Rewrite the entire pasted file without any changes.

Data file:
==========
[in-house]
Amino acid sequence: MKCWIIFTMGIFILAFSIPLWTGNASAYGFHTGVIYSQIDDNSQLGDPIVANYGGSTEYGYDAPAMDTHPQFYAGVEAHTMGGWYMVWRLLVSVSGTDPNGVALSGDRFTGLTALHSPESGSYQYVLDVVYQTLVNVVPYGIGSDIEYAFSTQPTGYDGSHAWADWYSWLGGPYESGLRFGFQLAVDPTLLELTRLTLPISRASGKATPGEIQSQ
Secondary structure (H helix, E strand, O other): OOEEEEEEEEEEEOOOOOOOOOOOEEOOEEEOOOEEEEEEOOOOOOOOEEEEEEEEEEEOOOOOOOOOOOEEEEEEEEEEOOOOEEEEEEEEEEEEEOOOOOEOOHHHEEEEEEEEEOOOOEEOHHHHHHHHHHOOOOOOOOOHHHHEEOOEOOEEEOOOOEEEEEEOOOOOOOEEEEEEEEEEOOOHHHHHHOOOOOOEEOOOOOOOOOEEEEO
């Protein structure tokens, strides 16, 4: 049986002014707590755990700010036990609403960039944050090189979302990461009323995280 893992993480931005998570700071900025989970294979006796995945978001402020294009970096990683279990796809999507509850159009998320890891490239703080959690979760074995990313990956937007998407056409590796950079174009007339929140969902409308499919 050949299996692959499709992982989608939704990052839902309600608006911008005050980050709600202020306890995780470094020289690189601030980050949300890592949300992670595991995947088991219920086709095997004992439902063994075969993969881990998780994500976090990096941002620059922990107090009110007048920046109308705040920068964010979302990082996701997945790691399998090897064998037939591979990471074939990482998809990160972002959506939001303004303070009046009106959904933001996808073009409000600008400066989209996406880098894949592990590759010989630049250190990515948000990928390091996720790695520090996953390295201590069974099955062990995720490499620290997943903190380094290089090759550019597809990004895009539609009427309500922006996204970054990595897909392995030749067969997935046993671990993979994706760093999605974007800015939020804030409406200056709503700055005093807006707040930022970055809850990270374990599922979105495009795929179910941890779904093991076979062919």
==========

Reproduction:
[in-house]
Amino acid sequence: MKCWIIFTMGIFILAFSIPLWTGNASAYGFHTGVIYSQIDDNSQLGDPIVANYGGSTEYGYDAPAMDTHPQFYAGVEAHTMGGWYMVWRLLVSVSGTDPNGVALSGDRFTGLTALHSPESGSYQYVLDVVYQTLVNVVPYGIGSDIEYAFSTQPTGYDGSHAWADWYSWLGGPYESGLRFGFQLAVDPTLLELTRLTLPISRASGKATPGEIQSQ
Secondary structure (H helix, E strand, O other): OOEEEEEEEEEEEOOOOOOOOOOOEEOOEEEOOOEEEEEEOOOOOOOOEEEEEEEEEEEOOOOOOOOOOOEEEEEEEEEEOOOOEEEEEEEEEEEEEOOOOOEOOHHHEEEEEEEEEOOOOEEOHHHHHHHHHHOOOOOOOOOHHHHEEOOEOOEEEOOOOEEEEEEOOOOOOOEEEEEEEEEEOOOHHHHHHOOOOOOEEOOOOOOOOOEEEEO
């Protein structure tokens, strides 16, 4: 049986002014707590755990700010036990609403960039944050090189979302990461009323995280 893992993480931005998570700071900025989970294979006796995945978001402020294009970096990683279990796809999507509850159009998320890891490239703080959690979760074995990313990956937007998407056409590796950079174009007339929140969902409308499919 050949299996692959499709992982989608939704990052839902309600608006911008005050980050709600202020306890995780470094020289690189601030980050949300890592949300992670595991995947088991219920086709095997004992439902063994075969993969881990998780994500976090990096941002620059922990107090009110007048920046109308705040920068964010979302990082996701997945790691399998090897064998037939591979990471074939990482998809990160972002959506939001303004303070009046009106959904933001996808073009409000600008400066989209996406880098894949592990590759010989630049250190990515948000990928390091996720790695520090996953390295201590069974099955062990995720490499620290997943903190380094290089090759550019597809990004895009539609009427309500922006996204970054990595897909392995030749067969997935046993671990993979994706760093999605974007800015939020804030409406200056709503700055005093807006707040930022970055809850990270374990599922979105495009795929179910941890779904093991076979062919």